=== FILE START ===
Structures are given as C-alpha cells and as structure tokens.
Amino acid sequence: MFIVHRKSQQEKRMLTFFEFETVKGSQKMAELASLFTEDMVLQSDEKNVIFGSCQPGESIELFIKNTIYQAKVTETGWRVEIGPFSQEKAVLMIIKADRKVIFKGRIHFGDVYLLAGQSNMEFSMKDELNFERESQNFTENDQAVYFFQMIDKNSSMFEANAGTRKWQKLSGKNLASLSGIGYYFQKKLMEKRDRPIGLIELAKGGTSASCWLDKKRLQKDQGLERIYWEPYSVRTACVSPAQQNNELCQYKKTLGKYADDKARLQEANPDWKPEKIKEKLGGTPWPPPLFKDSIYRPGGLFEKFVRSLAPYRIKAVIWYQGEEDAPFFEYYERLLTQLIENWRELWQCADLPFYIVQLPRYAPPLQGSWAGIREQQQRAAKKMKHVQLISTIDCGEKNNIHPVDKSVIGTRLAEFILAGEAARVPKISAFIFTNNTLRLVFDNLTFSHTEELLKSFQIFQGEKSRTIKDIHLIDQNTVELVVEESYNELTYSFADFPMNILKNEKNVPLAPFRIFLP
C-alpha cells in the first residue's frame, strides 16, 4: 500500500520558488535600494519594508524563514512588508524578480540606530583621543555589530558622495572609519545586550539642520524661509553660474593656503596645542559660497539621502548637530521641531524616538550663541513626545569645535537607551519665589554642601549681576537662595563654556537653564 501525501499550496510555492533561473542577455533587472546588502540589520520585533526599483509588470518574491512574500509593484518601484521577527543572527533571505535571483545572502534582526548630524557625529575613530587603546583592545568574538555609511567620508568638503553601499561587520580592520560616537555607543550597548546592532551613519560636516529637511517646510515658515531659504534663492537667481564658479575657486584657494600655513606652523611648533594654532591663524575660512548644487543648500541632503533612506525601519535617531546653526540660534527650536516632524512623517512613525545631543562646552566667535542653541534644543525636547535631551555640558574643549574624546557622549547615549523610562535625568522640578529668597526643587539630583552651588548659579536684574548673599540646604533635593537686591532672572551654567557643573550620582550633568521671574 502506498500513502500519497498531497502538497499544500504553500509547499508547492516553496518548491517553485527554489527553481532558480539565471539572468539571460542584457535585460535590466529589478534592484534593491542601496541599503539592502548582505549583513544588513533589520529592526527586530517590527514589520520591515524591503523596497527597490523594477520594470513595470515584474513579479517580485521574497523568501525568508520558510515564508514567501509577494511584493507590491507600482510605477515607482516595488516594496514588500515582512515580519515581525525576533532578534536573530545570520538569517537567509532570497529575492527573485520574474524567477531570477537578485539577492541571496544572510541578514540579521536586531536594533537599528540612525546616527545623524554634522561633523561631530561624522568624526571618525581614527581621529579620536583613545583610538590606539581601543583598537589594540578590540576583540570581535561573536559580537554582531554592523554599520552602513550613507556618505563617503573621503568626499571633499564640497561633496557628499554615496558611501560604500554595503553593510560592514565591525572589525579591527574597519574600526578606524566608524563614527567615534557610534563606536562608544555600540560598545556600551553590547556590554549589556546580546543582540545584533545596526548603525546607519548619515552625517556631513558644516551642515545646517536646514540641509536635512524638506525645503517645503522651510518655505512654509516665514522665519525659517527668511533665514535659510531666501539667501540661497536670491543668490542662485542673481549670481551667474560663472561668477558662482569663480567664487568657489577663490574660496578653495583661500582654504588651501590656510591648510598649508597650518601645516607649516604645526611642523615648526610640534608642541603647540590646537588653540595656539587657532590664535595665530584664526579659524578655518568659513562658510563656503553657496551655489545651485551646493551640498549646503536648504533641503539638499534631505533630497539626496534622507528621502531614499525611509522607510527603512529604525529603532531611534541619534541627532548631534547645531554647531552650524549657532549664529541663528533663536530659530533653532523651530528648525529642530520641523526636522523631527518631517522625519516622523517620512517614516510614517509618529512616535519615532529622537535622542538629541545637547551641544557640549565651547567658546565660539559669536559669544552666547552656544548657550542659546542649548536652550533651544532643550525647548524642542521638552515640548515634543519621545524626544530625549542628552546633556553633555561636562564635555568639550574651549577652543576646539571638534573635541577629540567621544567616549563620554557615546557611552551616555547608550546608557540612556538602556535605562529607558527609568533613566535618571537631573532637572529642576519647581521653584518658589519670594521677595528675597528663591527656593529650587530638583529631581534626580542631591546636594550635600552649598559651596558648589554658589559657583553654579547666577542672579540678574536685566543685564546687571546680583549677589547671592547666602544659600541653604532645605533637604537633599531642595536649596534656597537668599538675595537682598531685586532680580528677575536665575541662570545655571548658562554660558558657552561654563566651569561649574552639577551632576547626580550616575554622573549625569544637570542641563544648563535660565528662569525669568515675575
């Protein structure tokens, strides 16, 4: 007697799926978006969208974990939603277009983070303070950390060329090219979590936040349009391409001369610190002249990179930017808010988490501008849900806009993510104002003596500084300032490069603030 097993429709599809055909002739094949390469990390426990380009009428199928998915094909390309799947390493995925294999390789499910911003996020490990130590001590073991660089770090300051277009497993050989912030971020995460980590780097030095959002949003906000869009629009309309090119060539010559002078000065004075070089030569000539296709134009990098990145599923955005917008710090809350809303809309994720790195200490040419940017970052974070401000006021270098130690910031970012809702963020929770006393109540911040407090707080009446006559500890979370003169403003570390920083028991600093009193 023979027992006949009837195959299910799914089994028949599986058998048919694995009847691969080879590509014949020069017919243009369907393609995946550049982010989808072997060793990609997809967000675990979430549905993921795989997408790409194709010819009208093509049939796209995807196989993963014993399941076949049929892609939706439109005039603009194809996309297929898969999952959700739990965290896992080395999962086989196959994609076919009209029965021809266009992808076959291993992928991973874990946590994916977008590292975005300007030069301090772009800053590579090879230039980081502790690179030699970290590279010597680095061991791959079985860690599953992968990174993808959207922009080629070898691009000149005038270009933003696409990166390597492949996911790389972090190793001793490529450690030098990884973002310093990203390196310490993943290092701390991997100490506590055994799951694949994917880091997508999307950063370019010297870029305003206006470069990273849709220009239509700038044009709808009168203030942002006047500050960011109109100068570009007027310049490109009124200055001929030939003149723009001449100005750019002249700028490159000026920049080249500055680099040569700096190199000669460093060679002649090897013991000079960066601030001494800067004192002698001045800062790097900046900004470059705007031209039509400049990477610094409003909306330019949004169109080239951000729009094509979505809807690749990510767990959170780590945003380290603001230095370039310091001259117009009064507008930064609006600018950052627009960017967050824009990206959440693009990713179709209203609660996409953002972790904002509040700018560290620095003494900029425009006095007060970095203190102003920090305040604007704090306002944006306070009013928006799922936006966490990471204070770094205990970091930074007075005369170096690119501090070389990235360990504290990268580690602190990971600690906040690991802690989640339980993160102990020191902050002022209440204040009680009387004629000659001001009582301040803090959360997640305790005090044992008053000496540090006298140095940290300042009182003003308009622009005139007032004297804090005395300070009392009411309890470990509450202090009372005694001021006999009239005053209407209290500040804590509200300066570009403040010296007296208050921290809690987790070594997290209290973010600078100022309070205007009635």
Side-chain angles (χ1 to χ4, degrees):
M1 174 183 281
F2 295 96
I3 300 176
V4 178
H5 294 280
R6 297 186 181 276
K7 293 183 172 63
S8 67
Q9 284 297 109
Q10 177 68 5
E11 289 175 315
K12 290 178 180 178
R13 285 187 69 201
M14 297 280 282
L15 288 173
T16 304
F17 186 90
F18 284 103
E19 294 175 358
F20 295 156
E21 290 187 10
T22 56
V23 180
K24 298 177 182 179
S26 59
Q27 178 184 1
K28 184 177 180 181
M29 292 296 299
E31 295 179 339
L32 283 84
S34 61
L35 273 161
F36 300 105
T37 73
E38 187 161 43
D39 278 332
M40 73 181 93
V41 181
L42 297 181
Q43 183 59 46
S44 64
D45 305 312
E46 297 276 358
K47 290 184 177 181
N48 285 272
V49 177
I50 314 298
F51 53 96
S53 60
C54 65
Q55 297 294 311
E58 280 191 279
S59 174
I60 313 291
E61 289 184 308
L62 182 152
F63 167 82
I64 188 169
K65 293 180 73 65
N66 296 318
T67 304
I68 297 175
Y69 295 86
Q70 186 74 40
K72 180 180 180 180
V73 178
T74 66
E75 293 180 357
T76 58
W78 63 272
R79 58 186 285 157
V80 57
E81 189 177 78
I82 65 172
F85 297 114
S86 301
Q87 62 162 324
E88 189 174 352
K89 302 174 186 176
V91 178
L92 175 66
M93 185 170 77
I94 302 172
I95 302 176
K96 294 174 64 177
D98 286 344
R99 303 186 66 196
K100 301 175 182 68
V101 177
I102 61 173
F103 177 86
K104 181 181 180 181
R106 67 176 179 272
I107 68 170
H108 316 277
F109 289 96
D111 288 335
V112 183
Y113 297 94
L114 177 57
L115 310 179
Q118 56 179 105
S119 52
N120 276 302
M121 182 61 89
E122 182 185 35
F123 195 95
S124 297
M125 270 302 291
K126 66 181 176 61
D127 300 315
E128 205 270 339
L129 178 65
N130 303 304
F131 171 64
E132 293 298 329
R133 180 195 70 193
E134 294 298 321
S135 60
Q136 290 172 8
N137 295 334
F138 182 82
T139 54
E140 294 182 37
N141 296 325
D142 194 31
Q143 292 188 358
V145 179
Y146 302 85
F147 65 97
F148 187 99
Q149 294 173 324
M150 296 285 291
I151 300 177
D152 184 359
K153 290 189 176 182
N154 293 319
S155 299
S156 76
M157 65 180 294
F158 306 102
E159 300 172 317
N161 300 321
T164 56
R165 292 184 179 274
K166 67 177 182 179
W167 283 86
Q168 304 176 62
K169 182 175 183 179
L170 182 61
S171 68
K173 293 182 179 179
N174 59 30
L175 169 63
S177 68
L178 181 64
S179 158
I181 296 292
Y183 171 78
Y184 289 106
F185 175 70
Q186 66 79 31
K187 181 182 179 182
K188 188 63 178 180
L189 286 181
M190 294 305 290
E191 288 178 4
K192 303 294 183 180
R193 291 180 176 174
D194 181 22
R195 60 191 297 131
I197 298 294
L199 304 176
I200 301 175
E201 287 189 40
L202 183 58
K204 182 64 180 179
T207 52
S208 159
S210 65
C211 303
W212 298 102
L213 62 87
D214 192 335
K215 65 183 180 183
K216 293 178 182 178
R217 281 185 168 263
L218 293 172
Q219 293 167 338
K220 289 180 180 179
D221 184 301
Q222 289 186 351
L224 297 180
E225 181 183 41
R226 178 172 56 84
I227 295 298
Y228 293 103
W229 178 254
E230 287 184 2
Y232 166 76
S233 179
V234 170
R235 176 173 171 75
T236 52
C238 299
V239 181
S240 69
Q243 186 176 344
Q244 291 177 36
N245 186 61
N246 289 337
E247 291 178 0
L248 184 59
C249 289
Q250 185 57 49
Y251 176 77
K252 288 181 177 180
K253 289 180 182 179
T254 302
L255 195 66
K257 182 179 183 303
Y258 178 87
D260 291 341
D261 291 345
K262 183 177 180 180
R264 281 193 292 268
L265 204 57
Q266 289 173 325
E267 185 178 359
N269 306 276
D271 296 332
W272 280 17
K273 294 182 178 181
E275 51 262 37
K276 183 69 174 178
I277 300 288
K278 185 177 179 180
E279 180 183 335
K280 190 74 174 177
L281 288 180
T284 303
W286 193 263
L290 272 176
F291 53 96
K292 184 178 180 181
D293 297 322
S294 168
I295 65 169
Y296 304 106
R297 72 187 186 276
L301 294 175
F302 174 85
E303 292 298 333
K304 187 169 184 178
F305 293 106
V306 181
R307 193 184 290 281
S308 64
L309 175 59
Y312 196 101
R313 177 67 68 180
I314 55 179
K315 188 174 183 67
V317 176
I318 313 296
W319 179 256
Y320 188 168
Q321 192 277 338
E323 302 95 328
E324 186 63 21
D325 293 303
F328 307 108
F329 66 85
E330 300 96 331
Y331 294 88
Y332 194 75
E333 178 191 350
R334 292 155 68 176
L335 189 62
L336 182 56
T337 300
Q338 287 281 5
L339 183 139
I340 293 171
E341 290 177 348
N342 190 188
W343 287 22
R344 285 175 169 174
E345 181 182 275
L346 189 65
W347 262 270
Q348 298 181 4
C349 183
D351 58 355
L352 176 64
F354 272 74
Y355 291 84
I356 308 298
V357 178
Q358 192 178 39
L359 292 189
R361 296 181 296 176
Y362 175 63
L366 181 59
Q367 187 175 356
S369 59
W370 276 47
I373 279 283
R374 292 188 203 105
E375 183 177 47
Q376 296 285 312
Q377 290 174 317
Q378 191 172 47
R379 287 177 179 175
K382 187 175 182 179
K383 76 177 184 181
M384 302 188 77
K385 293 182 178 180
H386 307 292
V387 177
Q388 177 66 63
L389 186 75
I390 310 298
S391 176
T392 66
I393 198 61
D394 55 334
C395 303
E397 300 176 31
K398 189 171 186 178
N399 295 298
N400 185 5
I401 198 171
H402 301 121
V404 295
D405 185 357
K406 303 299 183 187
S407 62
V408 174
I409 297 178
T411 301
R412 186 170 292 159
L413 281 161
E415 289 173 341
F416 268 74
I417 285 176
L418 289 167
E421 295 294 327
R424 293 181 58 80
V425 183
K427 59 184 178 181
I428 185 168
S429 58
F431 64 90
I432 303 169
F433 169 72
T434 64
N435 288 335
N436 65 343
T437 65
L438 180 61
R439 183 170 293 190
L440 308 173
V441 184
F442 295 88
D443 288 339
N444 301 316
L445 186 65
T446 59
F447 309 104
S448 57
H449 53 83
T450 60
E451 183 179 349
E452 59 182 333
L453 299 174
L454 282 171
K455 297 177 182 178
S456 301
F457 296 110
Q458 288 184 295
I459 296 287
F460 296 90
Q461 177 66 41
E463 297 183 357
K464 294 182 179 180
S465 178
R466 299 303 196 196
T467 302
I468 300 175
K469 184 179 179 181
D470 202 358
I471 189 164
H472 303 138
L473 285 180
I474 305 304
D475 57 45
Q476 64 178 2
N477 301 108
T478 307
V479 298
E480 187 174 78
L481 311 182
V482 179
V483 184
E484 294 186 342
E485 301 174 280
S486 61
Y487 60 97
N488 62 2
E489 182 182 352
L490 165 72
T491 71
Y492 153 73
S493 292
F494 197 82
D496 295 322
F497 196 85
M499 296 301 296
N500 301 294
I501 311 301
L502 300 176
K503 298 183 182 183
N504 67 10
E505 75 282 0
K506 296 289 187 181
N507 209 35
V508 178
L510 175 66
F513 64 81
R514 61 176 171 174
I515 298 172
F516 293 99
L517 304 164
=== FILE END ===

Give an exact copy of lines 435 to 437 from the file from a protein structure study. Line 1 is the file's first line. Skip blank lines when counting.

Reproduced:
F513 64 81
R514 61 176 171 174
I515 298 172